Following the deaths of three protesters on Feb. 12, 2014, nationwide student protests have erupted all over Venezuela and continued for more than a month. Protesters have taken to the streets to demand an end to financial and social insecurity. What began peacefully became a bloody battle of tear gas, explosions, gunshots, and a series of violent exchanges between the police force and demonstrators.
“This is not a protest… This is destruction,” said Venezuelan president Nicolas Maduro.
The student demonstrators blame their government for rising inflation, crime, and supply shortages over the years. Many hold the Maduro regime responsible for the declining economy.
Despite continued protests, Maduro has assured pro-government citizens that “there will be no coup d’etat in Venezuela, you can be absolutely sure of that, let the whole world know that.”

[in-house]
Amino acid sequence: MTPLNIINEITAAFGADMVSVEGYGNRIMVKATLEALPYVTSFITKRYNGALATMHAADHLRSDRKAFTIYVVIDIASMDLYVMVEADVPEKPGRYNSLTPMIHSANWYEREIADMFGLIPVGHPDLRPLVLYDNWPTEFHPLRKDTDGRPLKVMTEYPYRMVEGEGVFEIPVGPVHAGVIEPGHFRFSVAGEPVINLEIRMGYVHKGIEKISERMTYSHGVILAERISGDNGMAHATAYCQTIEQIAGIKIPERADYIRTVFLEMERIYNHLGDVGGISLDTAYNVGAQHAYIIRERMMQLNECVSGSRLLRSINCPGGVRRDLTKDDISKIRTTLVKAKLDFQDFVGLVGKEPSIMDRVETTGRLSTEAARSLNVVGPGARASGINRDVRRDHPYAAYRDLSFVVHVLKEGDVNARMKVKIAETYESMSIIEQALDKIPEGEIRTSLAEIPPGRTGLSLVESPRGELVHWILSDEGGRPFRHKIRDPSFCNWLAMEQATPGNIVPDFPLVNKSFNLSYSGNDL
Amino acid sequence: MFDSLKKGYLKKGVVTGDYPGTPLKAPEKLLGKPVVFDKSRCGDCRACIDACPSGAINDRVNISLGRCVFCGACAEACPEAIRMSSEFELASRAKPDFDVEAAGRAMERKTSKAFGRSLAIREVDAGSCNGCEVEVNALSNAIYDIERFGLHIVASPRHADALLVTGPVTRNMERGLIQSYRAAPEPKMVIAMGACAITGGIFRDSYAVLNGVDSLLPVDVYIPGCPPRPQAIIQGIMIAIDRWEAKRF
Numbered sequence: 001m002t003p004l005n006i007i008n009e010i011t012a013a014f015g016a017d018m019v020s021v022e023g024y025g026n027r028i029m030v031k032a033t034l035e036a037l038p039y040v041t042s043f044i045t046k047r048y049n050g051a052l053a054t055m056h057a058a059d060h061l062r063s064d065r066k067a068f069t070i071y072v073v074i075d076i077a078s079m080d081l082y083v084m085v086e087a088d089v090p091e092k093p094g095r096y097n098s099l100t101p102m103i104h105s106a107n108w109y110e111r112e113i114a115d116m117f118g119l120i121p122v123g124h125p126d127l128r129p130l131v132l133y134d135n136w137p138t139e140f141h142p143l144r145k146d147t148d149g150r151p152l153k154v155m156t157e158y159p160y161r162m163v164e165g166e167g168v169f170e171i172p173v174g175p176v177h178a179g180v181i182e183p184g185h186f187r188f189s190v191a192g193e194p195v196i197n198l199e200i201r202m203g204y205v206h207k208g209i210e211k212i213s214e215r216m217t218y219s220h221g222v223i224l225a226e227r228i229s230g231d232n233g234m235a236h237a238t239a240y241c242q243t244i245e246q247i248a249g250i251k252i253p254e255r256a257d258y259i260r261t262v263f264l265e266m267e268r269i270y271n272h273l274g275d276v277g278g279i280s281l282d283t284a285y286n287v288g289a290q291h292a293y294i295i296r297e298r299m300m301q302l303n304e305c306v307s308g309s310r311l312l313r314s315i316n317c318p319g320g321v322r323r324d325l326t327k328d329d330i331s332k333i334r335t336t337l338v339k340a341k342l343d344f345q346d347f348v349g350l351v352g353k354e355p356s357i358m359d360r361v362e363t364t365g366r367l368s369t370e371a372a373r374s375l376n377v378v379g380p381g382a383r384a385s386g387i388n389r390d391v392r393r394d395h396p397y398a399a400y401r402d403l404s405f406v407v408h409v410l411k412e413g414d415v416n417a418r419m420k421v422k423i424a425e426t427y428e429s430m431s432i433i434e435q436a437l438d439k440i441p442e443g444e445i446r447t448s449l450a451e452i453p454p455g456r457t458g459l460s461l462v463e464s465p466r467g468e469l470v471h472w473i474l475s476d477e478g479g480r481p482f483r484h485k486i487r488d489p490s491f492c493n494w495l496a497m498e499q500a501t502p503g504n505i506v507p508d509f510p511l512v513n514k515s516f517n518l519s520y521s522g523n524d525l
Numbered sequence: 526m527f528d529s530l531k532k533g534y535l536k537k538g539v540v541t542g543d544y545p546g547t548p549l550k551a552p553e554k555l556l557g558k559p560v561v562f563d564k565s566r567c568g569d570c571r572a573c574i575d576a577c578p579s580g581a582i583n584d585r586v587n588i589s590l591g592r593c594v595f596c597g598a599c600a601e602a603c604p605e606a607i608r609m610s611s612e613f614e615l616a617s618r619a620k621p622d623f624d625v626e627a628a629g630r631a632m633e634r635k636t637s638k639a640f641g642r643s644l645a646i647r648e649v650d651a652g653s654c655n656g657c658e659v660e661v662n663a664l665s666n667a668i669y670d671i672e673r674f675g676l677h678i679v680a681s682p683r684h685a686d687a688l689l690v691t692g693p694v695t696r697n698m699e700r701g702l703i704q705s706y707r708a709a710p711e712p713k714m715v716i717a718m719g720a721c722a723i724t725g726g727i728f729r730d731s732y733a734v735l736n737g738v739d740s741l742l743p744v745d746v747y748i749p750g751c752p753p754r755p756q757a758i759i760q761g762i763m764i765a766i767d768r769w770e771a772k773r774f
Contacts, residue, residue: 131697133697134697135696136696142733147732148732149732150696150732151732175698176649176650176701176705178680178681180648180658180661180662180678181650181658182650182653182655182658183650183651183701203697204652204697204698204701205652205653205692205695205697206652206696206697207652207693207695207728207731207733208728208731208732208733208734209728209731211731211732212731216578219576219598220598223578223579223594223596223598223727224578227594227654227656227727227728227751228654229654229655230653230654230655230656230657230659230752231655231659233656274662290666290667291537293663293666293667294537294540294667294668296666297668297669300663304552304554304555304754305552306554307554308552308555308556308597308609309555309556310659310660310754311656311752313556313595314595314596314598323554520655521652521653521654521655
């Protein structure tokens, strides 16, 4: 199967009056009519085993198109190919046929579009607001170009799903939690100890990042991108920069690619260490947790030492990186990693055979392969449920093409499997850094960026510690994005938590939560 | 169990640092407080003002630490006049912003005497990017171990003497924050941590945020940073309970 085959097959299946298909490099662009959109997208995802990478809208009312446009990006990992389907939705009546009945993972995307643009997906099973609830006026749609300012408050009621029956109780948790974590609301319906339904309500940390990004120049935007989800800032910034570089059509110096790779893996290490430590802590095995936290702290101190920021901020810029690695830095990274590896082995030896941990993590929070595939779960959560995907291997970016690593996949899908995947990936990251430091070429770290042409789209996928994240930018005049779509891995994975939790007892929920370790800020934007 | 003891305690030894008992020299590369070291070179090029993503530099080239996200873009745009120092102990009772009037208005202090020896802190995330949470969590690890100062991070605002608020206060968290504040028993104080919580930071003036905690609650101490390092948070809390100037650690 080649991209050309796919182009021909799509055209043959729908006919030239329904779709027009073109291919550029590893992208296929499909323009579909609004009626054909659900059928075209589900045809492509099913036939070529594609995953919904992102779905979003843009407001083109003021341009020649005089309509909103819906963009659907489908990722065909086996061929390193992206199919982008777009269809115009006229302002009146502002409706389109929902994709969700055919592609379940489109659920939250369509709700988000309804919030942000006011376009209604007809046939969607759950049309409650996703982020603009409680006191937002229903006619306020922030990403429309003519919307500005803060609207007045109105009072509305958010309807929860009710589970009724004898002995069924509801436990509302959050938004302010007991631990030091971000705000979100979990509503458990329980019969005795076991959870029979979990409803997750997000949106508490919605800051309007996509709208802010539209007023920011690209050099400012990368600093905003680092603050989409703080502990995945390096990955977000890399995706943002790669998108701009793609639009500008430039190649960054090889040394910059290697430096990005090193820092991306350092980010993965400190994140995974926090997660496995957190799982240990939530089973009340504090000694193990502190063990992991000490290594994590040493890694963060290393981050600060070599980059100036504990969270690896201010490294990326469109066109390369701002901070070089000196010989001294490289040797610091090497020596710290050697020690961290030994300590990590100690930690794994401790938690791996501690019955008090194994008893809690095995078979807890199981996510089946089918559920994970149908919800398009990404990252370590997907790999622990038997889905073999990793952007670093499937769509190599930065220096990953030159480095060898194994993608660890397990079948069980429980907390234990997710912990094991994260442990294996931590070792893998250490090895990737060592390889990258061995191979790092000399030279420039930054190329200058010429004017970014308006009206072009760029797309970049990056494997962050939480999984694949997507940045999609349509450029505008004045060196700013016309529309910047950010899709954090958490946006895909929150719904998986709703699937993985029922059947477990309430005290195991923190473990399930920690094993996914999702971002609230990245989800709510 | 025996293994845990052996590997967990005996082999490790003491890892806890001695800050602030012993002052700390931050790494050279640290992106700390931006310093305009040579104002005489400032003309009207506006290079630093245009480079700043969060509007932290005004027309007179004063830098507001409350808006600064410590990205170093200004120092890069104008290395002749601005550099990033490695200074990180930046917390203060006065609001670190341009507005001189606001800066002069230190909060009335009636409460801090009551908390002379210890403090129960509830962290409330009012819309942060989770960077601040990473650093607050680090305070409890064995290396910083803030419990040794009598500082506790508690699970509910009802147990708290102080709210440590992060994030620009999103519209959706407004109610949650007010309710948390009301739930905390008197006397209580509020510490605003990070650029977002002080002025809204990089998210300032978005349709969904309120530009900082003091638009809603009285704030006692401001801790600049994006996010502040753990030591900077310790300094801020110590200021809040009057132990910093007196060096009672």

Carlos Molina, a student living in Venezuela, described the situation in an interview with J Student Reporters.
“It’s really difficult to move around the city, I know some people who are studying in the university and most students have been oppressed and abused,” he told JSR. “People who are lacking basic products are now turning to the United States to provide necessities.”
Molina’s daily life, he said, is affected by the demonstrations.
“I haven’t been able to go to school,” he stated, “due to people putting trash and twigs on the ground as a form of protest.”
Despite this difficulty, he holds respect and appreciation towards fellow student protesters, saying, “They’re extremely brave and should keep on protesting.”
The international community is asking Maduro to put a peaceful end to the protests before they cause more damage. So far, President Maduro has rejected all forms of intervention from foreign countries and continues to act independently in resolving the conflict.
Yet Maduro and the students continue to be at odds, and a solution does not appear to be forthcoming.
“I’ve participated in some protests, but some are too dangerous,” said Molina. “What we need is a leader.”